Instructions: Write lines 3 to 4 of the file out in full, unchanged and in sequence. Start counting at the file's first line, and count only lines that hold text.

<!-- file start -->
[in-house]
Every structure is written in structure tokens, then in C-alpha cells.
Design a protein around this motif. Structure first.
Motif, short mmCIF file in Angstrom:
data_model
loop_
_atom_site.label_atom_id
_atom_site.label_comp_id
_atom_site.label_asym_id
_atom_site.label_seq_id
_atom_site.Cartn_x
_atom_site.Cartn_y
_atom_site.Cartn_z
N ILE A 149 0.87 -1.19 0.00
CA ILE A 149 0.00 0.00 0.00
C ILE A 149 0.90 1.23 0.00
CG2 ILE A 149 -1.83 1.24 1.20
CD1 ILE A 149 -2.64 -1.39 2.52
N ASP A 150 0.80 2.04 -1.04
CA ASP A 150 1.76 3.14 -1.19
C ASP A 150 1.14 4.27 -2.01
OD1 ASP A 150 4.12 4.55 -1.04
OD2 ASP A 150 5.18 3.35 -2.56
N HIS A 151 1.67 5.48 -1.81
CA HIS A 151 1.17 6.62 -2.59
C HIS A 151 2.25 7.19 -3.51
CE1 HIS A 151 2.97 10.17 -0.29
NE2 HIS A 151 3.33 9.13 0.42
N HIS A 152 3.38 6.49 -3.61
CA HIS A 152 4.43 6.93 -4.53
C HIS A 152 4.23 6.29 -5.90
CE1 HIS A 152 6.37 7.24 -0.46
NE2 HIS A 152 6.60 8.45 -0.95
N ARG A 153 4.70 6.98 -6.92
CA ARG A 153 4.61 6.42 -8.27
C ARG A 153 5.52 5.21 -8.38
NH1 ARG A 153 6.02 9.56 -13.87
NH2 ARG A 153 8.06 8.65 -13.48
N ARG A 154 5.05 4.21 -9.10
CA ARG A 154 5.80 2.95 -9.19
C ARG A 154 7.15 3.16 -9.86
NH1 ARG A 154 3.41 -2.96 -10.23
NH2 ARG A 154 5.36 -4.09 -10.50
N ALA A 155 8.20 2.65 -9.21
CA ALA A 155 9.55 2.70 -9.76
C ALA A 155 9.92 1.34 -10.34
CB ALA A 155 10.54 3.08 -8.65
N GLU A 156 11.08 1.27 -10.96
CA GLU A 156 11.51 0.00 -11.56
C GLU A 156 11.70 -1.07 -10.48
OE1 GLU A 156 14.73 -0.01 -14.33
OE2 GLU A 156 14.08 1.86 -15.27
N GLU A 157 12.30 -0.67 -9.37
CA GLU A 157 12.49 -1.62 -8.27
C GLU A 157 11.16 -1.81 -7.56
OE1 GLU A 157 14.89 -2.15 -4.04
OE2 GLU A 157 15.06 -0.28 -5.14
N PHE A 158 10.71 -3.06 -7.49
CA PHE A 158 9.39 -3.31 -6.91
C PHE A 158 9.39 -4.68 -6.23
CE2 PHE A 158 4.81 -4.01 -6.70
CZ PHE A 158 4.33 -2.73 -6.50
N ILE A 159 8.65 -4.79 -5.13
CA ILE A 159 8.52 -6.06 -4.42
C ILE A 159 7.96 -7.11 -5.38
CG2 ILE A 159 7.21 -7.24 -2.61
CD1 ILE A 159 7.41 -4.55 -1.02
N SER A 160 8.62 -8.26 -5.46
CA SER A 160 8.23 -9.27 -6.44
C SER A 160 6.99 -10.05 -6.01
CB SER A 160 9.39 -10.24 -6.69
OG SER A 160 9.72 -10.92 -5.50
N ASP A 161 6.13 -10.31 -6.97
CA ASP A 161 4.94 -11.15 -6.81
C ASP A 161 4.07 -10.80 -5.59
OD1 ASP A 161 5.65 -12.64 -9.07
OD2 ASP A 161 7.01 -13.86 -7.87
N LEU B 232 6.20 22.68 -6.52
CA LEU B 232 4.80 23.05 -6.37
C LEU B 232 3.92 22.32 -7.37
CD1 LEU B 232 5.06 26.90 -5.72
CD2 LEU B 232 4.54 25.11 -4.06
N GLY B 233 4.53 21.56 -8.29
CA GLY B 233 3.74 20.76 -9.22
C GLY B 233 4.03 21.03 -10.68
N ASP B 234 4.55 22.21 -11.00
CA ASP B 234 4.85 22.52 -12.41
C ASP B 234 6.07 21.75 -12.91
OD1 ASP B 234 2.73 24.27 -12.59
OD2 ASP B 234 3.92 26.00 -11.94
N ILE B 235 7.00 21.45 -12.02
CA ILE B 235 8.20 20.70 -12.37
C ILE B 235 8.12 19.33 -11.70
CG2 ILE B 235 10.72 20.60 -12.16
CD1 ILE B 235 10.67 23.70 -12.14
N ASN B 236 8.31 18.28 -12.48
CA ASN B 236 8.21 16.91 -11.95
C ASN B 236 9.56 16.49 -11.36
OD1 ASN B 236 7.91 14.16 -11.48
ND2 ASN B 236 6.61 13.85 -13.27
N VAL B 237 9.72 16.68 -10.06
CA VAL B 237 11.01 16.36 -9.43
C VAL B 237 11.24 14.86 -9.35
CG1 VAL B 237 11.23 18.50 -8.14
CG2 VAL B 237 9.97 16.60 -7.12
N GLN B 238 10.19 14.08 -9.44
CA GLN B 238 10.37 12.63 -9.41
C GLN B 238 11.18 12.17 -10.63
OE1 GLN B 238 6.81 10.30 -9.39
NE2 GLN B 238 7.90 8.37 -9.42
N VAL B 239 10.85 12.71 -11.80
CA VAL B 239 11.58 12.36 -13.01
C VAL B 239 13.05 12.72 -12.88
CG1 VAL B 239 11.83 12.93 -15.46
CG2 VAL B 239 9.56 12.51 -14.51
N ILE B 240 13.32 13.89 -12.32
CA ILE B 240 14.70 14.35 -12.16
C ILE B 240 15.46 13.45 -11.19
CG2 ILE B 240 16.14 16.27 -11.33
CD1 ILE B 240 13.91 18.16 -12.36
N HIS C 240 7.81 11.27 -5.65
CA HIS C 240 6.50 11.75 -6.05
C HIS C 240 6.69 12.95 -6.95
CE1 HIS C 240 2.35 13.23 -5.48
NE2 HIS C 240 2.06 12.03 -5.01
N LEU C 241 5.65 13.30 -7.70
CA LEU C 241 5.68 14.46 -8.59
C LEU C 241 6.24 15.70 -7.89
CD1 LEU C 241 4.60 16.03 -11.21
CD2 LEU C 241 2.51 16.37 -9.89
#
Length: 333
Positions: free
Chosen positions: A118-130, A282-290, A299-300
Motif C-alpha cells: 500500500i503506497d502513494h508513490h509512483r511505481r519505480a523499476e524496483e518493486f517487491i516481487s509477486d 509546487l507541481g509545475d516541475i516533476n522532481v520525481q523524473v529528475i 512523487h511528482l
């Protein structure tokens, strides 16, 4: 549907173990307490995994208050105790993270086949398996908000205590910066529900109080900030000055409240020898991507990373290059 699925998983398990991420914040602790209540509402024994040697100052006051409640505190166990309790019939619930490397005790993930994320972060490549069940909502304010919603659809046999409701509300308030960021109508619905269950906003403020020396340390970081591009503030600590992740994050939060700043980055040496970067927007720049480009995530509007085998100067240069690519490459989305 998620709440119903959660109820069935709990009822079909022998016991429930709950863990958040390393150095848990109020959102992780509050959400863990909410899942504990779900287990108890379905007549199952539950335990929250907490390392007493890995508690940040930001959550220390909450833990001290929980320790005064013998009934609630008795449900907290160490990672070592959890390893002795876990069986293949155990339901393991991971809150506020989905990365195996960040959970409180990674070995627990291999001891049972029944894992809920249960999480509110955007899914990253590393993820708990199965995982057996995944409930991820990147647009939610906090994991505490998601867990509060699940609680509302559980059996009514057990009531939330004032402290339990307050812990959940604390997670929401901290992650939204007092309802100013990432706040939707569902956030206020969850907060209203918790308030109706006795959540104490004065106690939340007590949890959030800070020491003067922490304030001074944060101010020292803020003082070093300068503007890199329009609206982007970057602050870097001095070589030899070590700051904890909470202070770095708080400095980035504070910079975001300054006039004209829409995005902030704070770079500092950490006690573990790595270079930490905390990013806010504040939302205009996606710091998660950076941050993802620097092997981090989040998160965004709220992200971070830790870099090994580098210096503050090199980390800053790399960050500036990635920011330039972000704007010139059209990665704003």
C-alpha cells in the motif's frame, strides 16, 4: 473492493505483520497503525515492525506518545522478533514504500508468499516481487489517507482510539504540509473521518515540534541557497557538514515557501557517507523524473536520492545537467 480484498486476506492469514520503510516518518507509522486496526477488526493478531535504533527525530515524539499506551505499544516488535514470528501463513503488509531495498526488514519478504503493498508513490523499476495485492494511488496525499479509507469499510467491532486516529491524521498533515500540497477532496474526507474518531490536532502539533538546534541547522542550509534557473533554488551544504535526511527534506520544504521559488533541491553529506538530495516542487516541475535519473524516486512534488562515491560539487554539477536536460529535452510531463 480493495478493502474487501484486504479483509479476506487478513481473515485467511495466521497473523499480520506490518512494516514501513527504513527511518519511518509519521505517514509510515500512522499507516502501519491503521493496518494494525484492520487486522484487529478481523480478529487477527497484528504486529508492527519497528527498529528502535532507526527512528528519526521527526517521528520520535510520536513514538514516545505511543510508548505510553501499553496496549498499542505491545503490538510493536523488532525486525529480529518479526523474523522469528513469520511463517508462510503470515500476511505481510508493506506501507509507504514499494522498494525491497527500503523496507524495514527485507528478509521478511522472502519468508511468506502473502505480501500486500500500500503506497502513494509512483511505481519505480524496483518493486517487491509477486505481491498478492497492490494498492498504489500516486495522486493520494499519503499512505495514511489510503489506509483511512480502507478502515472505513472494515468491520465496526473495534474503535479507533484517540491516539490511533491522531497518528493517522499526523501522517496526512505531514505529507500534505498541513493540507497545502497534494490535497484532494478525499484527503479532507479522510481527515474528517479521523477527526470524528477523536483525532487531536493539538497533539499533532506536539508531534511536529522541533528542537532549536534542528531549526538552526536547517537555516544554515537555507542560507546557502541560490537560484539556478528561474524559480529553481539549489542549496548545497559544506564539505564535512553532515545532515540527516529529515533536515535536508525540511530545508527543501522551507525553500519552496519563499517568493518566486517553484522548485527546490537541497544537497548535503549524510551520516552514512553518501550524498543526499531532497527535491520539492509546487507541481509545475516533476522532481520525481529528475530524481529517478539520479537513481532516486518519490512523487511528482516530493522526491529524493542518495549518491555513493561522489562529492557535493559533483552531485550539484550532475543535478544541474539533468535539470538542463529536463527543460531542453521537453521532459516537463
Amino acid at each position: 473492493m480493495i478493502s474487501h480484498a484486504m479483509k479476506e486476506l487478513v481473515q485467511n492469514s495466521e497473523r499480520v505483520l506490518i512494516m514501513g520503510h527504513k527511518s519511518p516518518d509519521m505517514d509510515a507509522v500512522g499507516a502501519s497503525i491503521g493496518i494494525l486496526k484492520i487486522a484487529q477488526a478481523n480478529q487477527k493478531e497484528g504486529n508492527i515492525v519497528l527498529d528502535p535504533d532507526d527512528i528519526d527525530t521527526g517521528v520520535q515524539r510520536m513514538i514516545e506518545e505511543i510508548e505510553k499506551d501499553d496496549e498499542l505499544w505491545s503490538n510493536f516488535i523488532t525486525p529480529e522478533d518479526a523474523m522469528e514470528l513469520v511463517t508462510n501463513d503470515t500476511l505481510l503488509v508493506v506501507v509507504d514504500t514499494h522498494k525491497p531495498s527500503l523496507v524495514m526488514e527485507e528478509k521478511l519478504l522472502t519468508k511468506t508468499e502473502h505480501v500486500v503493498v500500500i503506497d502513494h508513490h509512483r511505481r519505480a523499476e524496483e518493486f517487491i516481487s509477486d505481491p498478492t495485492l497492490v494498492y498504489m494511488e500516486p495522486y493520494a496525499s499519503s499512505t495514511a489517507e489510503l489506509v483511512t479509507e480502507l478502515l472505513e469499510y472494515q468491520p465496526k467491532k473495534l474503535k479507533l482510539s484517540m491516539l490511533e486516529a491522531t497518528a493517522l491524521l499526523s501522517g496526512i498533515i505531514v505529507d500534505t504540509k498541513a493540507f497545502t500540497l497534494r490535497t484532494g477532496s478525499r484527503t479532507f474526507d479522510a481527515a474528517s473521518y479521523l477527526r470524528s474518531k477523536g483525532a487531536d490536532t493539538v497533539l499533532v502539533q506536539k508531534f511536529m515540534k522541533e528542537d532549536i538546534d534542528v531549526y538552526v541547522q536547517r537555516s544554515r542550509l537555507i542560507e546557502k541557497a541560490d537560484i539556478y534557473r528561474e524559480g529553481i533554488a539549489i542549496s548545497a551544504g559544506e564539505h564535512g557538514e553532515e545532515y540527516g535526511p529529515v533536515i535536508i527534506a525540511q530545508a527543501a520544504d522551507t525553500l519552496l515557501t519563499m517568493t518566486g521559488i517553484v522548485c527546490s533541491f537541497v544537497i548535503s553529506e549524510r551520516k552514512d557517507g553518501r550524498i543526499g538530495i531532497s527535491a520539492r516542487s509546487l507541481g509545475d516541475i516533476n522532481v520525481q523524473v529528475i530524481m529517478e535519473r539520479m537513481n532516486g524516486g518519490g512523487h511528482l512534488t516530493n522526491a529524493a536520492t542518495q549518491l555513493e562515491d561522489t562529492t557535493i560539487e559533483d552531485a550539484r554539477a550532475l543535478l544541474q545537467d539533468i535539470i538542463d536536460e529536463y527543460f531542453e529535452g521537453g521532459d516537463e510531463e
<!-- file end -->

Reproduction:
Design a protein around this motif. Structure first.
Motif, short mmCIF file in Angstrom: